YouTube: Bloggers Beginners Guide

Bloggers are good as they are (mostly) honest. People build relationships with them and come to trust them. The next step from that (other than actually meeting them) is for the blogger (or now vlogger) to show their audience. Whether that is to discuss a topic and allow their body language to be seen, or whether to demonstrate a product or service – it allows the viewer to see things for their own eyes. YouTube has such a massive audience. I now have over 1,400 subscribers so I thought that I would share my journey, and this is what I have learnt so far:

YouTube: Bloggers Beginners Guide

You Tube: Bloggers beginners guideI would say it takes me less than 30 seconds to decide whether I like a YouTube video or not – and that’s me being generous. Things to think about are how visually appealing is the video, what is the sound quality like, and what are you going to do or say to hold my attention? Then once you have you video remember that YouTube is just another social media platform – so get social!

YouTube Videos that are visually appealing

Things to think about are the quality of the video. Make sure you have a pleasant background (eg nothing that is going to distract your viewers’ eyes elsewhere, and that you are not too far away from what it is that you want to focus on. Remember that introduction is everything. Viewers are going to quickly determine whether this is the video that they have been looking for. Apart from the fact that you want people to watch all of your YouTube video -YouTube reward you for watch time. So really engage with your audience. Look them in the eye – they want to feel like you are talking to them – not looking over at some screen notes.

Check out Let’s Talk Mommy’s Channel introduction for a great example of to me a really visually appealing background.

Make sure that if you use an iPhone turn it sideways, otherwise you have the 2 black strips down the side of your video. Make sure your camera is kept still (a tripod is a really good investment) and that you have good lighting. Make sure it’s not too dark, there’s no shadows or light bouncing off things and making shapes. Just like composing a photograph. Set up your shot before you film. People like faces, so ideally you should be in the video, but make sure you are all in it – half cut off heads is not very appealing. How you cut and edit is really important too with the biggest advice being don’t try to film it all in one take and try not to overdo it with too many effects piecing the videos and pictures together.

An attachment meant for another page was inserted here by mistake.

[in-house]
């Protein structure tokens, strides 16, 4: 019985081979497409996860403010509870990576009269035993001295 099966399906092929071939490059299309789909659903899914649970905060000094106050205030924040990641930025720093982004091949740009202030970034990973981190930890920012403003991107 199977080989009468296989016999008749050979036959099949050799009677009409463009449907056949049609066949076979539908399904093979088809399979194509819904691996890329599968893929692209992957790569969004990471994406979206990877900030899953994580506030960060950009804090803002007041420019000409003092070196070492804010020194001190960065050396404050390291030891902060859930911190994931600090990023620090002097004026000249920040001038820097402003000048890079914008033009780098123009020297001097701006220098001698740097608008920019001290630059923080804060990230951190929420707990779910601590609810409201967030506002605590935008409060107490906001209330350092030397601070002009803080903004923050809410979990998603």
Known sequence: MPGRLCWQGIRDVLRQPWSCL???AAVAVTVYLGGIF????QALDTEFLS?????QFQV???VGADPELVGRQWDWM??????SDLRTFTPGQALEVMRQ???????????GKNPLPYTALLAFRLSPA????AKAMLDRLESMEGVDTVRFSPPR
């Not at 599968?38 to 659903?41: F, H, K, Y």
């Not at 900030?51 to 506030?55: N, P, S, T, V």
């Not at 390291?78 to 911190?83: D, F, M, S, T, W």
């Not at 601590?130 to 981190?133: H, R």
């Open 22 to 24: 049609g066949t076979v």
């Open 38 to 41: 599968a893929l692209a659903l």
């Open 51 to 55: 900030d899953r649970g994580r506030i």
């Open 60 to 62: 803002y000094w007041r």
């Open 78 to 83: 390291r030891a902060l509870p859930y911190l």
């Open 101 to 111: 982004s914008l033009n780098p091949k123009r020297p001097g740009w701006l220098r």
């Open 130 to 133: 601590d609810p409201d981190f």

Sex sells, so if you are really good looking you may want to utilise that (see half naked Russell brand video)  But equally remember that if you are doing a kids craft activity it’s probably not a good look if your bosoms spill out whilst leaning forward for the sticky tape. Also really think what your content is, and the message you are trying to portray.

Sound Quality

After not capturing my attention with the visual (usually from poor lighting) then lack of sound is my next biggest turn off. I don’t like to keep messing with my sound levels, and if I can’t hear what’s on the video even with the sound cranked up then there’s no point me watching. If you do not have a microphone and cannot get close enough to your recording equipment then I suggest that you record the narration separately. Also be careful with how the sound fits the video – you can slide the narration, video sounds, and music up and down – you can speed them up and slow them down. Have a good listen and make sure that it is appealing to you. Of course also be careful of copyright – especially if you want to monetise.